This one might be a little controversial – but it’s undeniably perfect for October. Full of grand Gothic castles, baroque camerawork and a legion of legendary creatures, not to mention literal buckets of gore, “Penny Dreadful” holds its own. It’s a lot of fun for its faithful adaptations of classic Victorian horror (I’ve rarely seen a more authentic, brooding Frankenstein’s monster), but it’s also intelligent, and packs an emotional punch with its characters. For a bit of high-brow horror that doesn’t skimp on gore, this show is perfect.



I know, I know. Many self-respecting horror fans despise this show for its soap opera tendencies and complete lack of plot. But it’s hard to deny that this is a veritable funhouse of different horrors. Watching a season is like walking through a sprawling haunted house attraction – there’s aliens, ghosts, devils, mutants, zombies, witches, everything under the moon. On top of that, the camerawork is stunning, and the acting… it’s hard to find a better ensemble on television. Don’t expect pure horror, but on many other levels, this show delivers.



We all got nightmares from this one as kids. And now that it’s on Netflix, we can have nightmares again. This show is amazing for its bold animated vision, and its willingness to show its young audience something far darker than most shows dare to try. It’s truly disturbing, but in such a wacky way that you can laugh… or can you? Childhood traumas aside, this show proves that you don’t need to be R-rated to be scary.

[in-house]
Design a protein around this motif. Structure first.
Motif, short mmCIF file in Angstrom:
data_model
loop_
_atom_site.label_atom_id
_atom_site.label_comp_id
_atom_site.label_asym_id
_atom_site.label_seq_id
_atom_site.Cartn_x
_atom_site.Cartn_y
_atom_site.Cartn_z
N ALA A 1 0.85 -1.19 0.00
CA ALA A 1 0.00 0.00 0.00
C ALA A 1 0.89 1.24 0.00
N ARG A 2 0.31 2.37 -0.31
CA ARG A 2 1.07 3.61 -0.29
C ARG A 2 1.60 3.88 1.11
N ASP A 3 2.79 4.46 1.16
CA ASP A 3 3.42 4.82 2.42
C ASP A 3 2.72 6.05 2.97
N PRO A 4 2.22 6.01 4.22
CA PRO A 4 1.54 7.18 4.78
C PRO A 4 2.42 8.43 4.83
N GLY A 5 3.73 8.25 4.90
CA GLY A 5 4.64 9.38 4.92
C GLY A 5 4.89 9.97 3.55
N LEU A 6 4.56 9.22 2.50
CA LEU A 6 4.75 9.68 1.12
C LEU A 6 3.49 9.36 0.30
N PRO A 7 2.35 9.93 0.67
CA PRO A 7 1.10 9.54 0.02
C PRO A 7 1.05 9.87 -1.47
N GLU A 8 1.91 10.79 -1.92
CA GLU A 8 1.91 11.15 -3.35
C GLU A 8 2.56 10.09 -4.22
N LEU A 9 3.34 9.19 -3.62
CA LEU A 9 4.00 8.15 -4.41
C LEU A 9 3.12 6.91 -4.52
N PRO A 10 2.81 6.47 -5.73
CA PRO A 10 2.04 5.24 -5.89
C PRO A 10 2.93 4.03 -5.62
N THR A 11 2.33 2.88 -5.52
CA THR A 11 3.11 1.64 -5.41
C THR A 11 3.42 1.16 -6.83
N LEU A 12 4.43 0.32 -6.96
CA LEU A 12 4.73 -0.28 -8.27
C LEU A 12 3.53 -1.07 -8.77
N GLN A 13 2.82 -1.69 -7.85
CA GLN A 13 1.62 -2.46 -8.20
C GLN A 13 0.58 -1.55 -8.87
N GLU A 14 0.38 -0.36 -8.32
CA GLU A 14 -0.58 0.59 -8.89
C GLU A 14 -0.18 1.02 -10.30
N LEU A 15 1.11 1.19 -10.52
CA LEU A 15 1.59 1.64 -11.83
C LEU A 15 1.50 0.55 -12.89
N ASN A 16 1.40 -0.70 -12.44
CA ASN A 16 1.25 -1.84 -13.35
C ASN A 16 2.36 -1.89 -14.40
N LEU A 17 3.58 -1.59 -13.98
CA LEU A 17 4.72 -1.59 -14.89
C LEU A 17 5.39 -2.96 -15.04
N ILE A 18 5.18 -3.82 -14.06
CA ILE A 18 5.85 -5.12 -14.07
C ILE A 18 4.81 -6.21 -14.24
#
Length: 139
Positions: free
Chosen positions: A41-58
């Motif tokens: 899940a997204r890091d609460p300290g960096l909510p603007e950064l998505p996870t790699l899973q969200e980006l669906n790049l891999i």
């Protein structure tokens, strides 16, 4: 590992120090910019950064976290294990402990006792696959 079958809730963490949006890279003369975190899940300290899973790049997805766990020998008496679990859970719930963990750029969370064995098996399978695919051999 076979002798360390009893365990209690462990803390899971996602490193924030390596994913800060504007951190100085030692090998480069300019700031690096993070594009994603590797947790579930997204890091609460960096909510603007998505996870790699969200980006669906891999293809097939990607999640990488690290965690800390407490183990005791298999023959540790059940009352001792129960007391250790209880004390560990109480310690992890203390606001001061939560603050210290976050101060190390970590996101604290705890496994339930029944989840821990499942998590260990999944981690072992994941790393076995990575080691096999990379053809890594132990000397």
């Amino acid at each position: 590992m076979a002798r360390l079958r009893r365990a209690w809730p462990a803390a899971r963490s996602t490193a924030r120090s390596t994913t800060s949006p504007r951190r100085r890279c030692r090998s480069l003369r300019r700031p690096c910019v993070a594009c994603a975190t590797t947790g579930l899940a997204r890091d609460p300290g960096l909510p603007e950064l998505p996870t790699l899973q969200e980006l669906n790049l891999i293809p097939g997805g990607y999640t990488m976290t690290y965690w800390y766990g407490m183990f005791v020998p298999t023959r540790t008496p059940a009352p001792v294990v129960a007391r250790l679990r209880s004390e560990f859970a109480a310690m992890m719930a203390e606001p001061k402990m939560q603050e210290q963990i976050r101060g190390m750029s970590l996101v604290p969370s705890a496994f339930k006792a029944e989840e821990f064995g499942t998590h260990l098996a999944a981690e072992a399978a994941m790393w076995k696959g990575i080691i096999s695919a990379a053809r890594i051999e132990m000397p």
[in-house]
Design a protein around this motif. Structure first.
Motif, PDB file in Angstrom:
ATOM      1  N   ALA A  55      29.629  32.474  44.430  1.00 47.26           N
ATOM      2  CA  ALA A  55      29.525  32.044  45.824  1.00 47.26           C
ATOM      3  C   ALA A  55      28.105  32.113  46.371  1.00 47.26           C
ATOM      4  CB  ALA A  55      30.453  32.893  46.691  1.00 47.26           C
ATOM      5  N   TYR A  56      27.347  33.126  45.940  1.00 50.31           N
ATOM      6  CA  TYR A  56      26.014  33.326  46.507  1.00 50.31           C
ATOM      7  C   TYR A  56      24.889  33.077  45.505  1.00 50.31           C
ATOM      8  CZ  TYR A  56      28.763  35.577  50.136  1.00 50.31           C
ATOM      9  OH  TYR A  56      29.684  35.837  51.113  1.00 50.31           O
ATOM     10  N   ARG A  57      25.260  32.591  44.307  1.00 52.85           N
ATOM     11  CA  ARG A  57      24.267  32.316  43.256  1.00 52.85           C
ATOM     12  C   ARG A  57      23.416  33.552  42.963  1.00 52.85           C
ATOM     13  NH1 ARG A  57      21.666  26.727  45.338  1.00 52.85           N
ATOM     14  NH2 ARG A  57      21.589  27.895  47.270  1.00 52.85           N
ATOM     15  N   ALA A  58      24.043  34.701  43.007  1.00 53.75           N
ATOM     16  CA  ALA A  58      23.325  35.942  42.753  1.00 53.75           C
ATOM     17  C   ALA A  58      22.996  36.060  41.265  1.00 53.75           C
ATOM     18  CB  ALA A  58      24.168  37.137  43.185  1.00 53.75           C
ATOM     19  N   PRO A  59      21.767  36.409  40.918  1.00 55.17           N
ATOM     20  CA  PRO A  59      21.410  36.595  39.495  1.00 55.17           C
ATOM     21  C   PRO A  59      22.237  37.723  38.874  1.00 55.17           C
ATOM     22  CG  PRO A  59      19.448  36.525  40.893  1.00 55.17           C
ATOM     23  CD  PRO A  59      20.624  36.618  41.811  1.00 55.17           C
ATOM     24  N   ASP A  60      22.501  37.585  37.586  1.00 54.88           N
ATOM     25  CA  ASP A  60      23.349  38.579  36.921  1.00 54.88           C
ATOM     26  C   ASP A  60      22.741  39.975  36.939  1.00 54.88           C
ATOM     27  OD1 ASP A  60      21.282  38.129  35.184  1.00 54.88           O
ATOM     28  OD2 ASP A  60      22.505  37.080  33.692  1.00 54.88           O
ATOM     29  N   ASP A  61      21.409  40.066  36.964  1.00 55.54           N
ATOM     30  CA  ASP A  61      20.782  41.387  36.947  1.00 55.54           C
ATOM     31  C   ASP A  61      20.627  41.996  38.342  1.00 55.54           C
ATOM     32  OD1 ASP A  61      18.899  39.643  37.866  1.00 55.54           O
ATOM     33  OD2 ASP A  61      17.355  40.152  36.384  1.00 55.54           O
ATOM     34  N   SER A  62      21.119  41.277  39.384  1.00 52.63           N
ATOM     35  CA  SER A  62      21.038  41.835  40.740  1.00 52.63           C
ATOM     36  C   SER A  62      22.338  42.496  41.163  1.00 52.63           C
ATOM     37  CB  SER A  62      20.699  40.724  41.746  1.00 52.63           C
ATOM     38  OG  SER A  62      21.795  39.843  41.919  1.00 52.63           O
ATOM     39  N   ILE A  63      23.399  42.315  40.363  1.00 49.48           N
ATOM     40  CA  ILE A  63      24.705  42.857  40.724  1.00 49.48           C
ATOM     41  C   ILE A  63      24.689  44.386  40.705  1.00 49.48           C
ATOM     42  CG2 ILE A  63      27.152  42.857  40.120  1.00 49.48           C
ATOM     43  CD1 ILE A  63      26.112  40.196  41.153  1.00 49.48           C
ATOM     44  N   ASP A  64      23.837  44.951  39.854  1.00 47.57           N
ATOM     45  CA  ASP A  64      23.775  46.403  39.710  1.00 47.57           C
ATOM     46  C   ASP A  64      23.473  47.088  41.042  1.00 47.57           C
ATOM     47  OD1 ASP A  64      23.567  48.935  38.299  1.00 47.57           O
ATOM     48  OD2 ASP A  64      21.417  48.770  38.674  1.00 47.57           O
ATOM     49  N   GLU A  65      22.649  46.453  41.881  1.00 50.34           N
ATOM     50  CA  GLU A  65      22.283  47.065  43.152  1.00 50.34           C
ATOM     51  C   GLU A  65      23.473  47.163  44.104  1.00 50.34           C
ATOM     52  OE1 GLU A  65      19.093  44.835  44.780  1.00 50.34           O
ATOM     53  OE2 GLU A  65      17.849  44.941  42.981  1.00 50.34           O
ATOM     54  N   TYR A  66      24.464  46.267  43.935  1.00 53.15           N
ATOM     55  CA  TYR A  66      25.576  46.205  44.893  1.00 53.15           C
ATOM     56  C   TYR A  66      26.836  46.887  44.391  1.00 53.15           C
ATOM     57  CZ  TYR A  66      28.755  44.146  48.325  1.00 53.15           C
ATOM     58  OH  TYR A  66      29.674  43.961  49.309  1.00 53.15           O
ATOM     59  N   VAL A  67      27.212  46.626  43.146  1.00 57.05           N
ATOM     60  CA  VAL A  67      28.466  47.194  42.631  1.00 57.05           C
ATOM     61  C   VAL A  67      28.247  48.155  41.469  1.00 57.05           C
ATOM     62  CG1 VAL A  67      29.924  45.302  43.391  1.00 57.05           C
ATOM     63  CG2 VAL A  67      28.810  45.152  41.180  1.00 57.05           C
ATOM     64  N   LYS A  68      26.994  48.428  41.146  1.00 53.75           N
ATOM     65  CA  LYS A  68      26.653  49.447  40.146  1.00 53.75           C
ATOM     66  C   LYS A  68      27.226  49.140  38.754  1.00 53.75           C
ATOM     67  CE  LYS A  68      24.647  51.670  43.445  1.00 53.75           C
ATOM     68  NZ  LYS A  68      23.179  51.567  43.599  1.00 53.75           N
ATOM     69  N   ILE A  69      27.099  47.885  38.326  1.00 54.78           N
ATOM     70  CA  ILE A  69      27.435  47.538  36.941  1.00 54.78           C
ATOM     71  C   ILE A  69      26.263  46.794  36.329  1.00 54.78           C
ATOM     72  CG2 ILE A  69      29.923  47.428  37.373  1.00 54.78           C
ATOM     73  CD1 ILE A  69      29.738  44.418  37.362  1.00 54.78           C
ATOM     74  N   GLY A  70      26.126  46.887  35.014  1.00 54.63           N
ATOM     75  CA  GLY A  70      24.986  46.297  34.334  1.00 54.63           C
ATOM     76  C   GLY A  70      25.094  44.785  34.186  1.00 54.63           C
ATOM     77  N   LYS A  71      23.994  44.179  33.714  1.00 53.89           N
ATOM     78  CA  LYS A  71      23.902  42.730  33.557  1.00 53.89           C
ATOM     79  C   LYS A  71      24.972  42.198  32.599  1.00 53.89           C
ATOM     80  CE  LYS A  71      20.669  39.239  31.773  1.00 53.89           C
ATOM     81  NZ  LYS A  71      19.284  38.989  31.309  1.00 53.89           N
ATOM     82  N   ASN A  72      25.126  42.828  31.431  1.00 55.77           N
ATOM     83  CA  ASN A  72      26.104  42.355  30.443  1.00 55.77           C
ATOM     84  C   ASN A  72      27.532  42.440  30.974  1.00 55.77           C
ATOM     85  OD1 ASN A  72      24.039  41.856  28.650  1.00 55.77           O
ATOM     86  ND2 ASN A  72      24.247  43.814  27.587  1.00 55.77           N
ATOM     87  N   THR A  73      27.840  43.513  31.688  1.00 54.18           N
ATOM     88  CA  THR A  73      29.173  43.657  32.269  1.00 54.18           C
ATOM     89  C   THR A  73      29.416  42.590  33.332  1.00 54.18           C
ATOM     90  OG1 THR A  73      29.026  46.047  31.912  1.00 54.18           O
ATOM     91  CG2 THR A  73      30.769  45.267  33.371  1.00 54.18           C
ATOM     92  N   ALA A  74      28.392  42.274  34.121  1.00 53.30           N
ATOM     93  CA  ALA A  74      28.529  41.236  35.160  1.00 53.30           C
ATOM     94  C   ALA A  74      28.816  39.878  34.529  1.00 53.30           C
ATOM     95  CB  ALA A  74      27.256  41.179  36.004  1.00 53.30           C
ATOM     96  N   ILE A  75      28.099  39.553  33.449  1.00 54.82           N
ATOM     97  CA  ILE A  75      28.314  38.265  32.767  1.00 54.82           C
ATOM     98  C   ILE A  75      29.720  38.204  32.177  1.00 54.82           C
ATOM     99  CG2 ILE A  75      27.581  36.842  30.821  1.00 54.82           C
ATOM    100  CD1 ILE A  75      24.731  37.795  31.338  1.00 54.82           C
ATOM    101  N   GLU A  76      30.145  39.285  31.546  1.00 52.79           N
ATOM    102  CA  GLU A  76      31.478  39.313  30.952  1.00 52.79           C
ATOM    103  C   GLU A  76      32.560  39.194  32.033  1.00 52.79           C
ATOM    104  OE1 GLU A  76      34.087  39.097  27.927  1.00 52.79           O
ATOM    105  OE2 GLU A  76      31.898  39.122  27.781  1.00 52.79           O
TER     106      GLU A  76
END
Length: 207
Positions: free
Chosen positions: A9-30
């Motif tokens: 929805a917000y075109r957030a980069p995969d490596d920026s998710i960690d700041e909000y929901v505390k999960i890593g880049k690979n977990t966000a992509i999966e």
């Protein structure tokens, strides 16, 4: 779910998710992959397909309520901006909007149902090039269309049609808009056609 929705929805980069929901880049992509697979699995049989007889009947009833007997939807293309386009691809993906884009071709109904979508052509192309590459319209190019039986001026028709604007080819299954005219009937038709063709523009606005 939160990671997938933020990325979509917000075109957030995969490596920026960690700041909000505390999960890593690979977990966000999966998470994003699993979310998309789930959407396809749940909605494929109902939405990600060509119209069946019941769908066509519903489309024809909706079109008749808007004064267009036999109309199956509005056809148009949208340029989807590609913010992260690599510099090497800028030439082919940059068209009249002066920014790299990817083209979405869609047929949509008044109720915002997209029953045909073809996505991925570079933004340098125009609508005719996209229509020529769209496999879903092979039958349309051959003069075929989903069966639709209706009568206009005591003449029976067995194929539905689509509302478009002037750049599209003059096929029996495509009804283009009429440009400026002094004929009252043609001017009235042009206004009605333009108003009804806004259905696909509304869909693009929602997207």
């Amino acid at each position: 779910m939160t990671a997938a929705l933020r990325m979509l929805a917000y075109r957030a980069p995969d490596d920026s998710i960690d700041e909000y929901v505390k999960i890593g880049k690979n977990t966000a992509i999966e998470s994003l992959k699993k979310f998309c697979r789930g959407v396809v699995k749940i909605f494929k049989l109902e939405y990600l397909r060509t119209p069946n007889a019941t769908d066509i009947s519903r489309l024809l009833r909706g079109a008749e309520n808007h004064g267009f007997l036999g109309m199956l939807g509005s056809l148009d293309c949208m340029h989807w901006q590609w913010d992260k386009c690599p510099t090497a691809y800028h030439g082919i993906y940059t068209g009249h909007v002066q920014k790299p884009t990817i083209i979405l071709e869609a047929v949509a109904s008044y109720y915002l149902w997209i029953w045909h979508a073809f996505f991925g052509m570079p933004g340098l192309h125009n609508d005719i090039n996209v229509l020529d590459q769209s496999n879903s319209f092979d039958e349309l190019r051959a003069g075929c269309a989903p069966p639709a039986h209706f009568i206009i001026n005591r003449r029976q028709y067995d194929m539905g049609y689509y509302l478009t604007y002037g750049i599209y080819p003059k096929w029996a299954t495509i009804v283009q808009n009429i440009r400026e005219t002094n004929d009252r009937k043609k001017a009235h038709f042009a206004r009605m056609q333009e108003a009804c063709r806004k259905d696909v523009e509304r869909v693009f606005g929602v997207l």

Not all of the episodes are suitable for Halloween, but this show goes down in history as one of the most consistently frightening on television. There are several episodes that made me afraid of the dark. Whether you want alien conspiracies or just a good monster of the week, Mulder and Scully always stumble upon something chilling, and often the horror goes unresolved – as any fans of Lovecraft know, that is the surest way to keep your audience scared. With the revival coming next year, it’s a must to watch this one. The truth is still out there.

There are a few honorable mentions – The Twilight Zone, Twin Peaks, American Gothic, and Gravity Falls – that don’t quite say ‘Halloween’ to me, or that I haven’t seen yet, but are worth bringing up as genius genre television. If I missed any others, let me know. And happy horror viewing, ghouls.